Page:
Being in solitary confinement, as Mahmoud Hussein was for the first three months of his detention, is the worst thing that could happen to a social human being, Mohamed said. The tiny cells are unheated and lack electricity. There is no access to sunlight. Speaking to other inmates is not allowed. If you try, you are punished.
Mohamed came up with different strategies to ease his solitude. One of them was talking to “Wilson”, who was, in fact, a vegetable.
“I had an onion friend, so that I could speak with somebody”, Mohamed told IPI.
Hussein currently shares a cell with three other inmates, all of whom were convicted or arrested for crimes such as murder. Mohamed says the shock of being put in these conditions together with drug dealers and killers is tremendous for someone who has never witnessed it before.
Hussein is allowed to have visitors once a week. Aya Hussein, who studies in France, visited her father twice last Christmas.
“It was very depressing to see him in a prisoner’s outfit”, she said. “That is not what my father should be wearing. I knew that [prison] was not where I should be meeting my father.”
Hussein’s children fear for their father’s health. Since his arrest, he has lost a substantial amount of weight due to poor food quality and is suffering both physically and psychologically, his family and colleagues say. Last summer, Hussein had to wait 72 hours for medical attention after breaking his arm in a fall. Though the arm was poorly casted and the pain worsened, Hussein was denied surgery and a casting change.
Fight for justice
Baher Mohamed is certain that international pressure has an effect on the Egyptian authorities. After he and two other colleagues were jailed in Egypt in 2013, a global campaign joined by other journalists, human rights groups and foreign governments helped secure their release.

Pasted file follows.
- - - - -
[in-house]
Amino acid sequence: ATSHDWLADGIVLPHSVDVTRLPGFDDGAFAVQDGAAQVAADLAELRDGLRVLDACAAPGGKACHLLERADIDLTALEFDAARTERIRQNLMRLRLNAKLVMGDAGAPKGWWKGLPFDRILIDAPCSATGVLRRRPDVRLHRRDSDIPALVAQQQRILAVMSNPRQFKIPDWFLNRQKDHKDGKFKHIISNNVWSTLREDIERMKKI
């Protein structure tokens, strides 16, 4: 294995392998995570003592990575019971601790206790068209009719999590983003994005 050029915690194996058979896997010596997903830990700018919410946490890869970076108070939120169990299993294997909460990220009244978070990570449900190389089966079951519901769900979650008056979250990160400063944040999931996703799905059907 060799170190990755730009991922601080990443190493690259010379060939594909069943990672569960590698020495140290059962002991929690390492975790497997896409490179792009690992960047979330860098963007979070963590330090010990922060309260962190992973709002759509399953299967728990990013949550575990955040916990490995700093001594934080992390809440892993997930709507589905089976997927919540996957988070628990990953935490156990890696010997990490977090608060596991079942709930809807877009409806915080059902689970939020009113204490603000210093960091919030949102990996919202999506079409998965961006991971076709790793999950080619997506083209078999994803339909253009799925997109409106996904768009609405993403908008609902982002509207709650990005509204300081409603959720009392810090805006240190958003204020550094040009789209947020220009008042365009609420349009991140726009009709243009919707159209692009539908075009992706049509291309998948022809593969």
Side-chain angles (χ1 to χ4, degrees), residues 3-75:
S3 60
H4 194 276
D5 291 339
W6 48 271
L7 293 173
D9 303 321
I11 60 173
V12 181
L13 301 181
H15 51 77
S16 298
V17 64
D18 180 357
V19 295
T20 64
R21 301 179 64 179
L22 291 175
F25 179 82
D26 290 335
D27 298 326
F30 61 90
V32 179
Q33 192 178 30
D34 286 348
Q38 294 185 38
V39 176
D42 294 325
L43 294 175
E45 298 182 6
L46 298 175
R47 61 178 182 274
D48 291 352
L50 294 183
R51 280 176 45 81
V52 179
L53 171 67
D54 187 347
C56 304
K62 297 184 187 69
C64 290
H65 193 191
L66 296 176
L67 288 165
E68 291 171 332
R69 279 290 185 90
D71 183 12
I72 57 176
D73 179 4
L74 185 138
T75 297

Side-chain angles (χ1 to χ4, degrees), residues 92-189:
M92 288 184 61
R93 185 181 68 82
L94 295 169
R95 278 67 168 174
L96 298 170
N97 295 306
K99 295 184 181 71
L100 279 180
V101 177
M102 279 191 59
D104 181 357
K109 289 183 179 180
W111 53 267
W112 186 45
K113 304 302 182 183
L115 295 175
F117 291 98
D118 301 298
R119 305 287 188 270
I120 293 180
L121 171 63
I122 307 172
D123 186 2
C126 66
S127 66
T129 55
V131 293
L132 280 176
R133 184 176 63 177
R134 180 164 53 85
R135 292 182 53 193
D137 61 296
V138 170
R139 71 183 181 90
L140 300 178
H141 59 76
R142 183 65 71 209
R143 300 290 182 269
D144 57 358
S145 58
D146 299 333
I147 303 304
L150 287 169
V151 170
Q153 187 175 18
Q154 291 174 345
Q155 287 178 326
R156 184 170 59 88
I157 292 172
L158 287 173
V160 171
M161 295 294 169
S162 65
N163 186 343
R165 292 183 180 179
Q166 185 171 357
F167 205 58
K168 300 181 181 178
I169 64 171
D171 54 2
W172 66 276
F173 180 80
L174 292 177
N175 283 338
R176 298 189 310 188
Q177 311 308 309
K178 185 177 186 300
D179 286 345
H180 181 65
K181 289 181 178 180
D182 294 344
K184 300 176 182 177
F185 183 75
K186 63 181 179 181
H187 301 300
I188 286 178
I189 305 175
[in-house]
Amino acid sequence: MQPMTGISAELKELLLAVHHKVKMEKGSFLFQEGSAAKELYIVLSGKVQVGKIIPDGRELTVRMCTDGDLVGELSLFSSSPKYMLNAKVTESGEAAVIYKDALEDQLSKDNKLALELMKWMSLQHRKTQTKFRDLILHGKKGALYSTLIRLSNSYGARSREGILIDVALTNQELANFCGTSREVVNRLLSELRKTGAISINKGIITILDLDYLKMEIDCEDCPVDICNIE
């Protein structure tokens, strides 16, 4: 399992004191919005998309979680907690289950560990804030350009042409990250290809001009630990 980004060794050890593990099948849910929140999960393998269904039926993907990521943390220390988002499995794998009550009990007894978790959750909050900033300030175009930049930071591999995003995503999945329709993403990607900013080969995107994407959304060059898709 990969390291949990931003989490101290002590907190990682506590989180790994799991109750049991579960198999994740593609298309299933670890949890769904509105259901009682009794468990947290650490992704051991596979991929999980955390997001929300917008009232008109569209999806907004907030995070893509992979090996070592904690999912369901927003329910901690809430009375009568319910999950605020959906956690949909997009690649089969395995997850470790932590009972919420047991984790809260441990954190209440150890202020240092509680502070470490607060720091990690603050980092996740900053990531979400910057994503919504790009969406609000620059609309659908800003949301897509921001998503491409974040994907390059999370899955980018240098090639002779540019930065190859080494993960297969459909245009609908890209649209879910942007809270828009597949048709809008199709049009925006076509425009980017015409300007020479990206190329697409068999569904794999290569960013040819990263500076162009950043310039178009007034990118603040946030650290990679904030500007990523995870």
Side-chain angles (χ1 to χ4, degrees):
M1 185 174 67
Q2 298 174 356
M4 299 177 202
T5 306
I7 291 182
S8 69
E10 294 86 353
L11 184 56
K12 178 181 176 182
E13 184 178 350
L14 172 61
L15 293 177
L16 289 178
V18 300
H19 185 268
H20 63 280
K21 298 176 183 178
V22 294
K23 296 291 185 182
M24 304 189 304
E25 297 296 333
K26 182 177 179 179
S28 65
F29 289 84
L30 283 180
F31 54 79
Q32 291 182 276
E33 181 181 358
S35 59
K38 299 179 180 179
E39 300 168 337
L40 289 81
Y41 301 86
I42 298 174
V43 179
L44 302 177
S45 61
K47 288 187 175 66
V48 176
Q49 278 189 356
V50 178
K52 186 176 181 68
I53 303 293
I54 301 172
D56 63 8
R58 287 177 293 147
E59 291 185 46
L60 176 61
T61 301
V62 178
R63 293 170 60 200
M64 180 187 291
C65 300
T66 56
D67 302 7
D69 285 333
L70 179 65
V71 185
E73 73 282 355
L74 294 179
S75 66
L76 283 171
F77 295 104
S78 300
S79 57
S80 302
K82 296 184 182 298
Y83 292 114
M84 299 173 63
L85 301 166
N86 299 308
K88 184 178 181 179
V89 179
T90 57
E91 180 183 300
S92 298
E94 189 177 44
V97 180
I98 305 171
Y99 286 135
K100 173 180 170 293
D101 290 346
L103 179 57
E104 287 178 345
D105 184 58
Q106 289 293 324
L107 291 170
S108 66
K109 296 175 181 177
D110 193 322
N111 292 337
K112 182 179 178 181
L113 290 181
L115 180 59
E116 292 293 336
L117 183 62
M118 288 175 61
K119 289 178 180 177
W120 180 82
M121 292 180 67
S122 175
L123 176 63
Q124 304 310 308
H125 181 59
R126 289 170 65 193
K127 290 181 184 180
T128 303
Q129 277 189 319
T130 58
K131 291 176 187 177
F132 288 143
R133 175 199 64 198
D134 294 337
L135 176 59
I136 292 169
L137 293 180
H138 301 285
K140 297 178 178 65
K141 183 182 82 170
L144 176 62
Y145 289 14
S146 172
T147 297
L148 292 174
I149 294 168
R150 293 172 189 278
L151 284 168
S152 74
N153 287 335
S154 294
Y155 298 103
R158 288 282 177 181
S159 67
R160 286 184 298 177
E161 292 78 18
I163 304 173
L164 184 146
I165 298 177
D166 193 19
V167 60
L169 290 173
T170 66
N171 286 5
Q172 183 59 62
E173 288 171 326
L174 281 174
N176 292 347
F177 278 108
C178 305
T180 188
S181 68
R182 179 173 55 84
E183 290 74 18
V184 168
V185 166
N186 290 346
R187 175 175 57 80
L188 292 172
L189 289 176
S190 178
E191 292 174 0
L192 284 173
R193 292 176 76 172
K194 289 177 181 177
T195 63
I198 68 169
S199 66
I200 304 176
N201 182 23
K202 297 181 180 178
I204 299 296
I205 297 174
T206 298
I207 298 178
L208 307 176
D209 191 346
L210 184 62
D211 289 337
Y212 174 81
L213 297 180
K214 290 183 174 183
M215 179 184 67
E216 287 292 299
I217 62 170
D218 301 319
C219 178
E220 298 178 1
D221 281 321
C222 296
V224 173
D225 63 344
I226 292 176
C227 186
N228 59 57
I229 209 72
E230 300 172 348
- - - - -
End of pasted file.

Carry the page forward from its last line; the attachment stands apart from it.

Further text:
“I’m 100 percent sure that the pressure on the Egyptian government and the unity that we saw from the journalistic community to free the three of us was the thing that led to me being a free man”, he told IPI.
Mohamed urges everyone to take part in efforts to free Hussein and to pressure repressive authorities all around the world into releasing journalists and allowing the media to do its job without fear.
“We are doing the world a great thing through reporting”, he said. “If people don’t know what is happening in their country through professional journalism, they will not be able to vote. Free media is the core of democracy.”
For her part, Aya Hussein said it hurts to have to turn to the international community for help.
First, she believes that Egypt should respect its own citizens. She is saddened by the lack of support the Egyptian media is showing her father. And she insists that journalists should not pay the price of the ongoing conflict between Egypt and Qatar.
“His being an Egyptian and a journalist, a guy who hasn’t done anything wrong, should be enough reason for the Egyptian government to release him”, she said.
Second, Hussein regrets having to ask other countries to stand against her own, a place her father taught her to love.
“I want the relationship between my country and all the other countries to be very good”, she said.
“However, I would like to see pressure on my country to ensure justice for my father and for anyone who has been detained for that long in pre-trial detention without any clear charges, which is the case for many Egyptians.”